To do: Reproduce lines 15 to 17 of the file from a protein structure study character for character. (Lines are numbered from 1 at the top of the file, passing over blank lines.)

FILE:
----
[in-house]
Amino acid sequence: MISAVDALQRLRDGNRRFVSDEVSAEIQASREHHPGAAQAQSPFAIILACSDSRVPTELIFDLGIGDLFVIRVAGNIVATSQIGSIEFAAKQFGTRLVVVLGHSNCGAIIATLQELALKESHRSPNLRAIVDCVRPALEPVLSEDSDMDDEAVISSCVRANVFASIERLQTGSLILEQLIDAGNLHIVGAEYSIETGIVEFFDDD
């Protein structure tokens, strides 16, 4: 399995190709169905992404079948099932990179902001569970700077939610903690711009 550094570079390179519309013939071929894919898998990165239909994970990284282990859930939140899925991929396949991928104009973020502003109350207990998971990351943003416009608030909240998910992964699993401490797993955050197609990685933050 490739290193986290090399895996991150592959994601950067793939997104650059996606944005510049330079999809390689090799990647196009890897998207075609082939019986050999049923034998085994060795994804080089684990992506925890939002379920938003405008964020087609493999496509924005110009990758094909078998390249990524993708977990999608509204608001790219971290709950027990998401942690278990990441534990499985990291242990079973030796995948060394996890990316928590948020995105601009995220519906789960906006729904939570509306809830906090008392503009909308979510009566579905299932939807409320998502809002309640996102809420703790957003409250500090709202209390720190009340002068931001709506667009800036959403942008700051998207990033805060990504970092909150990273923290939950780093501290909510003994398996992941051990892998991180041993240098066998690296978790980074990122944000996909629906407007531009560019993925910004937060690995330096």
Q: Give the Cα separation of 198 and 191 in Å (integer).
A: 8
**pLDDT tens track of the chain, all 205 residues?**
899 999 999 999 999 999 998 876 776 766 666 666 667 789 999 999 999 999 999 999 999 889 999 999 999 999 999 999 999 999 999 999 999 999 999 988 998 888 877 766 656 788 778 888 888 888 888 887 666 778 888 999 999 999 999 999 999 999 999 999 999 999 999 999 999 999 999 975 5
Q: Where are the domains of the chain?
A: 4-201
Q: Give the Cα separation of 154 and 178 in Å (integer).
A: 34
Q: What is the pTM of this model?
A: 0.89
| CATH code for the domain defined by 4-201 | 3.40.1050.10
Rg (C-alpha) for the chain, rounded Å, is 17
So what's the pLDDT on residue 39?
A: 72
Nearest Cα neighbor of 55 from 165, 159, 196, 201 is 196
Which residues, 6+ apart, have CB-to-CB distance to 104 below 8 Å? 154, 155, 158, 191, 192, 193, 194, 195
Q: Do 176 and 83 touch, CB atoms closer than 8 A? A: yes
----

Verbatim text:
Rg (C-alpha) for the chain, rounded Å, is 17
So what's the pLDDT on residue 39?
A: 72